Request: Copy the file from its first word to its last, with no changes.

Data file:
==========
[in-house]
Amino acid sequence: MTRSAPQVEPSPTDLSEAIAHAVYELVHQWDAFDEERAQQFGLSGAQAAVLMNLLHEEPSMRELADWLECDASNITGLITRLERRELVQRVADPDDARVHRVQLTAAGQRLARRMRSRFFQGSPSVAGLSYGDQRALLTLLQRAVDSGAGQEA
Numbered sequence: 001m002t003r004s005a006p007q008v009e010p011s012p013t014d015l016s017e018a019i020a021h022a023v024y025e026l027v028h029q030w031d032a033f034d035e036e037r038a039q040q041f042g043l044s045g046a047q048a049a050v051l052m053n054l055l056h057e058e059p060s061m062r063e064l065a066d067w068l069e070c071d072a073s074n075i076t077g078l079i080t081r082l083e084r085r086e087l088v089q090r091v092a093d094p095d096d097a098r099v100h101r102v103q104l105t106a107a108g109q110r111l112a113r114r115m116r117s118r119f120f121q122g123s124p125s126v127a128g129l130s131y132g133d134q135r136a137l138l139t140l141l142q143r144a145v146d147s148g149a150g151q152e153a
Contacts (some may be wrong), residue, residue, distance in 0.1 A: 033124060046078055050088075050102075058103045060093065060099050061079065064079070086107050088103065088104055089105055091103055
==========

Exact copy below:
[in-house]
Amino acid sequence: MTRSAPQVEPSPTDLSEAIAHAVYELVHQWDAFDEERAQQFGLSGAQAAVLMNLLHEEPSMRELADWLECDASNITGLITRLERRELVQRVADPDDARVHRVQLTAAGQRLARRMRSRFFQGSPSVAGLSYGDQRALLTLLQRAVDSGAGQEA
Numbered sequence: 001m002t003r004s005a006p007q008v009e010p011s012p013t014d015l016s017e018a019i020a021h022a023v024y025e026l027v028h029q030w031d032a033f034d035e036e037r038a039q040q041f042g043l044s045g046a047q048a049a050v051l052m053n054l055l056h057e058e059p060s061m062r063e064l065a066d067w068l069e070c071d072a073s074n075i076t077g078l079i080t081r082l083e084r085r086e087l088v089q090r091v092a093d094p095d096d097a098r099v100h101r102v103q104l105t106a107a108g109q110r111l112a113r114r115m116r117s118r119f120f121q122g123s124p125s126v127a128g129l130s131y132g133d134q135r136a137l138l139t140l141l142q143r144a145v146d147s148g149a150g151q152e153a
Contacts (some may be wrong), residue, residue, distance in 0.1 A: 033124060046078055050088075050102075058103045060093065060099050061079065064079070086107050088103065088104055089105055091103055